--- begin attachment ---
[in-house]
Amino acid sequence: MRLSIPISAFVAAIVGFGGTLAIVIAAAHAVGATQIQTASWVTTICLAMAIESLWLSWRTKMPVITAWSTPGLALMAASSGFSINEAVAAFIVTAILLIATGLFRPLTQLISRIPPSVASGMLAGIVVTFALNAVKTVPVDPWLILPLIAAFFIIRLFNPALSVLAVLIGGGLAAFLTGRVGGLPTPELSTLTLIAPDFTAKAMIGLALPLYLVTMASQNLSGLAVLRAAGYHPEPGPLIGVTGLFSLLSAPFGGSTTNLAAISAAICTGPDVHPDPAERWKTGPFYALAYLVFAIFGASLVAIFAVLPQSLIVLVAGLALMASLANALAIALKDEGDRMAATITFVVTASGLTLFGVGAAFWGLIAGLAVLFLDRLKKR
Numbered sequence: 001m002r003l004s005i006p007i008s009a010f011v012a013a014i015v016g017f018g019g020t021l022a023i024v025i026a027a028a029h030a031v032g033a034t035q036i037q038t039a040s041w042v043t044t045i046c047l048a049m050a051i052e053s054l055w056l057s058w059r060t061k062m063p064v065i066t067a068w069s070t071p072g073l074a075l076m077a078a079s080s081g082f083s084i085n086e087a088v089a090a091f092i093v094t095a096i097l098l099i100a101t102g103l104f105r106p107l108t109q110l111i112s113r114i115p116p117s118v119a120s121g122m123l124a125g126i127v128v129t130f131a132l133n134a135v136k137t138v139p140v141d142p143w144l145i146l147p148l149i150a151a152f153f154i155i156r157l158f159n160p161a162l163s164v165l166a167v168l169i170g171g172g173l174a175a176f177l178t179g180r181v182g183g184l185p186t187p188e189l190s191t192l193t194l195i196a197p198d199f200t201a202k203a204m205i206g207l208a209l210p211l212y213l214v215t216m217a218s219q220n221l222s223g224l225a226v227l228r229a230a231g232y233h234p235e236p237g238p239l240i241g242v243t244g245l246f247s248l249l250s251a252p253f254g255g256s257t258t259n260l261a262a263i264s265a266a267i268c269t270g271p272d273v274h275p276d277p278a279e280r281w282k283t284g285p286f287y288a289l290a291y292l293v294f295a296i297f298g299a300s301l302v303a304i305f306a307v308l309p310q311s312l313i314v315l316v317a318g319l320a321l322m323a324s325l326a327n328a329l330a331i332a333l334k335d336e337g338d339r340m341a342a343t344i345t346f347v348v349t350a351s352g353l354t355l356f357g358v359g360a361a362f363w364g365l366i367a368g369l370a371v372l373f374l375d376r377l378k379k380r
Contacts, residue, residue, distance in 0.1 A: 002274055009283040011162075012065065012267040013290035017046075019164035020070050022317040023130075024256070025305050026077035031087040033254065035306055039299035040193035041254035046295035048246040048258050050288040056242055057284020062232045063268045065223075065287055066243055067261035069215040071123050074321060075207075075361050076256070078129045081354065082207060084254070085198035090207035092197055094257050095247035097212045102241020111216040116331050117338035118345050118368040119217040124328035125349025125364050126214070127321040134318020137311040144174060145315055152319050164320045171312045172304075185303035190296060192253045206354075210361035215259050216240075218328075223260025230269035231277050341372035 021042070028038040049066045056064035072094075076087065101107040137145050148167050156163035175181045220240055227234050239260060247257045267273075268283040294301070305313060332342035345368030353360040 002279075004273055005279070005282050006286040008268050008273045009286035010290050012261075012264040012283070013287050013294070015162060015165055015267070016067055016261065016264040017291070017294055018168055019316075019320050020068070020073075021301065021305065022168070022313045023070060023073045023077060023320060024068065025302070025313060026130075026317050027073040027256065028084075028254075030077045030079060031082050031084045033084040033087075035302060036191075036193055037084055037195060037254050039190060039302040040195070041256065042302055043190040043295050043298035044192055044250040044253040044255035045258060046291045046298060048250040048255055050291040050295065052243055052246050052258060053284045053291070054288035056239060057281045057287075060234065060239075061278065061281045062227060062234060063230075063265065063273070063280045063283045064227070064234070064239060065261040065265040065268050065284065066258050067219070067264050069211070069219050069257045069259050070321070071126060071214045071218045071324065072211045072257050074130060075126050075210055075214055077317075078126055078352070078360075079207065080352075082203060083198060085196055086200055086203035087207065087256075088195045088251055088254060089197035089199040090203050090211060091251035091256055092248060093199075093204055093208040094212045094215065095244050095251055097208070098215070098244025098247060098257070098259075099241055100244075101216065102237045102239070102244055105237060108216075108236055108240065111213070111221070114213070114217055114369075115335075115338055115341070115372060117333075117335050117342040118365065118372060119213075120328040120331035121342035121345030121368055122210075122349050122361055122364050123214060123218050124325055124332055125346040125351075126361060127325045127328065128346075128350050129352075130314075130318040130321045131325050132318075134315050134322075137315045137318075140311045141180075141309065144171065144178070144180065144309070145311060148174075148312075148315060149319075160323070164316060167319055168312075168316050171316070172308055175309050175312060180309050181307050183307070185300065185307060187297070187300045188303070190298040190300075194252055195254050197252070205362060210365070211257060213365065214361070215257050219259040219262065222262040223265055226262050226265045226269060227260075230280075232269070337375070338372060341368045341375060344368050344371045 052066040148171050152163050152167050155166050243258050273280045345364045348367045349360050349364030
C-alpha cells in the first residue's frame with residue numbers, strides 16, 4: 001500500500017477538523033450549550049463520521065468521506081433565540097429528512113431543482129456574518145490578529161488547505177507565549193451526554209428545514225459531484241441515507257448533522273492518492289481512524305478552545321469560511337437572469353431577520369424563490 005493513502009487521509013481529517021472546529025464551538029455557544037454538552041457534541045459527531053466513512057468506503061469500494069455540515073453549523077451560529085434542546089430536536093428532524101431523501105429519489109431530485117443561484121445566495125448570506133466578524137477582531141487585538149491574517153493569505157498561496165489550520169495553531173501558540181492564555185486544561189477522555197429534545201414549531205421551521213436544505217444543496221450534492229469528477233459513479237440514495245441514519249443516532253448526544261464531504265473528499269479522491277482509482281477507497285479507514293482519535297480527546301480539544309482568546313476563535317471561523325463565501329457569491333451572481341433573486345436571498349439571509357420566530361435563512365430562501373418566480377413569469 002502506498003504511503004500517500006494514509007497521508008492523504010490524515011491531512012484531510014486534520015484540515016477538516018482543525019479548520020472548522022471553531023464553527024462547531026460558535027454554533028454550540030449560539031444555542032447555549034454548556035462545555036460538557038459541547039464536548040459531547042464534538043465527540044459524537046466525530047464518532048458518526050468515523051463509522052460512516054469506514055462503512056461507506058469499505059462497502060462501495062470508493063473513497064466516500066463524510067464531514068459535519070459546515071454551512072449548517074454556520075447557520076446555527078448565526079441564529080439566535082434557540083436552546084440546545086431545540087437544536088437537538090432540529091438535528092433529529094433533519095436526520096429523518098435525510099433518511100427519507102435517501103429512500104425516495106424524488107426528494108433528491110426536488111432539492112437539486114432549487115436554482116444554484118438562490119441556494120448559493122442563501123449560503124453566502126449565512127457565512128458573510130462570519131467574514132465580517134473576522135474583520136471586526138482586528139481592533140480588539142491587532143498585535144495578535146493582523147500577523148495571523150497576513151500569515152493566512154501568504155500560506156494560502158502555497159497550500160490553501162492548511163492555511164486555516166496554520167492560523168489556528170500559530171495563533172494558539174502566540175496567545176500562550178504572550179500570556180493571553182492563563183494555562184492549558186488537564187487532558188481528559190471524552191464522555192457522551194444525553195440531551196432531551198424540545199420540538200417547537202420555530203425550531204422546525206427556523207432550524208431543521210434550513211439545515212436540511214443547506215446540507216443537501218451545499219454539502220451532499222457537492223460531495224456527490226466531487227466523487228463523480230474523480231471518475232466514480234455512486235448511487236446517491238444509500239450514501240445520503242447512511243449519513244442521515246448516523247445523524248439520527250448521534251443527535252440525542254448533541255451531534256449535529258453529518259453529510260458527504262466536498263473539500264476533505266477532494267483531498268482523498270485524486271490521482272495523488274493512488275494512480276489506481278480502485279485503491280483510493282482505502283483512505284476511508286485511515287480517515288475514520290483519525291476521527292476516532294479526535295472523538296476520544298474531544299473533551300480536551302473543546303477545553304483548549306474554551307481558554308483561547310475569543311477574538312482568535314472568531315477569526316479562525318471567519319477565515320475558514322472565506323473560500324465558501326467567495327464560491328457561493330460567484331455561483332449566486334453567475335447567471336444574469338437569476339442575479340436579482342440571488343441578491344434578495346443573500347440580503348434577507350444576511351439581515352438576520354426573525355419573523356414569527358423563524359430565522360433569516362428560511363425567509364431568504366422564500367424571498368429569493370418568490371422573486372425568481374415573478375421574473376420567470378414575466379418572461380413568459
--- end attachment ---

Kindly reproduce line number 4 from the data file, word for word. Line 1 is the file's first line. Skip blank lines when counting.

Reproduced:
Contacts, residue, residue, distance in 0.1 A: 002274055009283040011162075012065065012267040013290035017046075019164035020070050022317040023130075024256070025305050026077035031087040033254065035306055039299035040193035041254035046295035048246040048258050050288040056242055057284020062232045063268045065223075065287055066243055067261035069215040071123050074321060075207075075361050076256070078129045081354065082207060084254070085198035090207035092197055094257050095247035097212045102241020111216040116331050117338035118345050118368040119217040124328035125349025125364050126214070127321040134318020137311040144174060145315055152319050164320045171312045172304075185303035190296060192253045206354075210361035215259050216240075218328075223260025230269035231277050341372035 021042070028038040049066045056064035072094075076087065101107040137145050148167050156163035175181045220240055227234050239260060247257045267273075268283040294301070305313060332342035345368030353360040 002279075004273055005279070005282050006286040008268050008273045009286035010290050012261075012264040012283070013287050013294070015162060015165055015267070016067055016261065016264040017291070017294055018168055019316075019320050020068070020073075021301065021305065022168070022313045023070060023073045023077060023320060024068065025302070025313060026130075026317050027073040027256065028084075028254075030077045030079060031082050031084045033084040033087075035302060036191075036193055037084055037195060037254050039190060039302040040195070041256065042302055043190040043295050043298035044192055044250040044253040044255035045258060046291045046298060048250040048255055050291040050295065052243055052246050052258060053284045053291070054288035056239060057281045057287075060234065060239075061278065061281045062227060062234060063230075063265065063273070063280045063283045064227070064234070064239060065261040065265040065268050065284065066258050067219070067264050069211070069219050069257045069259050070321070071126060071214045071218045071324065072211045072257050074130060075126050075210055075214055077317075078126055078352070078360075079207065080352075082203060083198060085196055086200055086203035087207065087256075088195045088251055088254060089197035089199040090203050090211060091251035091256055092248060093199075093204055093208040094212045094215065095244050095251055097208070098215070098244025098247060098257070098259075099241055100244075101216065102237045102239070102244055105237060108216075108236055108240065111213070111221070114213070114217055114369075115335075115338055115341070115372060117333075117335050117342040118365065118372060119213075120328040120331035121342035121345030121368055122210075122349050122361055122364050123214060123218050124325055124332055125346040125351075126361060127325045127328065128346075128350050129352075130314075130318040130321045131325050132318075134315050134322075137315045137318075140311045141180075141309065144171065144178070144180065144309070145311060148174075148312075148315060149319075160323070164316060167319055168312075168316050171316070172308055175309050175312060180309050181307050183307070185300065185307060187297070187300045188303070190298040190300075194252055195254050197252070205362060210365070211257060213365065214361070215257050219259040219262065222262040223265055226262050226265045226269060227260075230280075232269070337375070338372060341368045341375060344368050344371045 052066040148171050152163050152167050155166050243258050273280045345364045348367045349360050349364030